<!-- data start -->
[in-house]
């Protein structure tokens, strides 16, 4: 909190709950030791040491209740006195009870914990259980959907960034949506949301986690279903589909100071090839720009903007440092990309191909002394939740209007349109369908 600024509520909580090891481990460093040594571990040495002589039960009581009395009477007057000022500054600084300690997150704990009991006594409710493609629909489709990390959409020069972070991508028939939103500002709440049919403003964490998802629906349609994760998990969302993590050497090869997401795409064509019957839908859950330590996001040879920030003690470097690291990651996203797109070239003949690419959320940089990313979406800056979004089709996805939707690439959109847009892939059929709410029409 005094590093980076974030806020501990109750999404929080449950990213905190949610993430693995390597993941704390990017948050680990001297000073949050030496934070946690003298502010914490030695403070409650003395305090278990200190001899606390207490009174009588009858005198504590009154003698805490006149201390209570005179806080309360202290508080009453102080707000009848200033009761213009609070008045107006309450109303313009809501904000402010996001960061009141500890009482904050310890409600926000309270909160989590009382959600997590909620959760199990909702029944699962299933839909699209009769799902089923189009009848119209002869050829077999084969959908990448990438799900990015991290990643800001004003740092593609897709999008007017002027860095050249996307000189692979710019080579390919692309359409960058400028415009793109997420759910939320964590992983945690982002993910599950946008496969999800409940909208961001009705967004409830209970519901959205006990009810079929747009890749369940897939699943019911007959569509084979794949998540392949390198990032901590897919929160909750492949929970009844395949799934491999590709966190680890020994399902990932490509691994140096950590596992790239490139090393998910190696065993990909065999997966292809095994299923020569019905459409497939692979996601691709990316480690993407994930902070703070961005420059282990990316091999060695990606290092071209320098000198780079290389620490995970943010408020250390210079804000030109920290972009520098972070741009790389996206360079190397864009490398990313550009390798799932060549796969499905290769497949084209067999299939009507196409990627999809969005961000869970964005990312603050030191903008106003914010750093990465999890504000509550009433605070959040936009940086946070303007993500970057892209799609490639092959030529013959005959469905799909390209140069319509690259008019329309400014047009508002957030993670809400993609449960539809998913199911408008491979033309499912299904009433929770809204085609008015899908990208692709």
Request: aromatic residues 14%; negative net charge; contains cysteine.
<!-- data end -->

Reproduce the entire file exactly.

[in-house]
């Protein structure tokens, strides 16, 4: 909190709950030791040491209740006195009870914990259980959907960034949506949301986690279903589909100071090839720009903007440092990309191909002394939740209007349109369908 600024509520909580090891481990460093040594571990040495002589039960009581009395009477007057000022500054600084300690997150704990009991006594409710493609629909489709990390959409020069972070991508028939939103500002709440049919403003964490998802629906349609994760998990969302993590050497090869997401795409064509019957839908859950330590996001040879920030003690470097690291990651996203797109070239003949690419959320940089990313979406800056979004089709996805939707690439959109847009892939059929709410029409 005094590093980076974030806020501990109750999404929080449950990213905190949610993430693995390597993941704390990017948050680990001297000073949050030496934070946690003298502010914490030695403070409650003395305090278990200190001899606390207490009174009588009858005198504590009154003698805490006149201390209570005179806080309360202290508080009453102080707000009848200033009761213009609070008045107006309450109303313009809501904000402010996001960061009141500890009482904050310890409600926000309270909160989590009382959600997590909620959760199990909702029944699962299933839909699209009769799902089923189009009848119209002869050829077999084969959908990448990438799900990015991290990643800001004003740092593609897709999008007017002027860095050249996307000189692979710019080579390919692309359409960058400028415009793109997420759910939320964590992983945690982002993910599950946008496969999800409940909208961001009705967004409830209970519901959205006990009810079929747009890749369940897939699943019911007959569509084979794949998540392949390198990032901590897919929160909750492949929970009844395949799934491999590709966190680890020994399902990932490509691994140096950590596992790239490139090393998910190696065993990909065999997966292809095994299923020569019905459409497939692979996601691709990316480690993407994930902070703070961005420059282990990316091999060695990606290092071209320098000198780079290389620490995970943010408020250390210079804000030109920290972009520098972070741009790389996206360079190397864009490398990313550009390798799932060549796969499905290769497949084209067999299939009507196409990627999809969005961000869970964005990312603050030191903008106003914010750093990465999890504000509550009433605070959040936009940086946070303007993500970057892209799609490639092959030529013959005959469905799909390209140069319509690259008019329309400014047009508002957030993670809400993609449960539809998913199911408008491979033309499912299904009433929770809204085609008015899908990208692709």
Request: aromatic residues 14%; negative net charge; contains cysteine.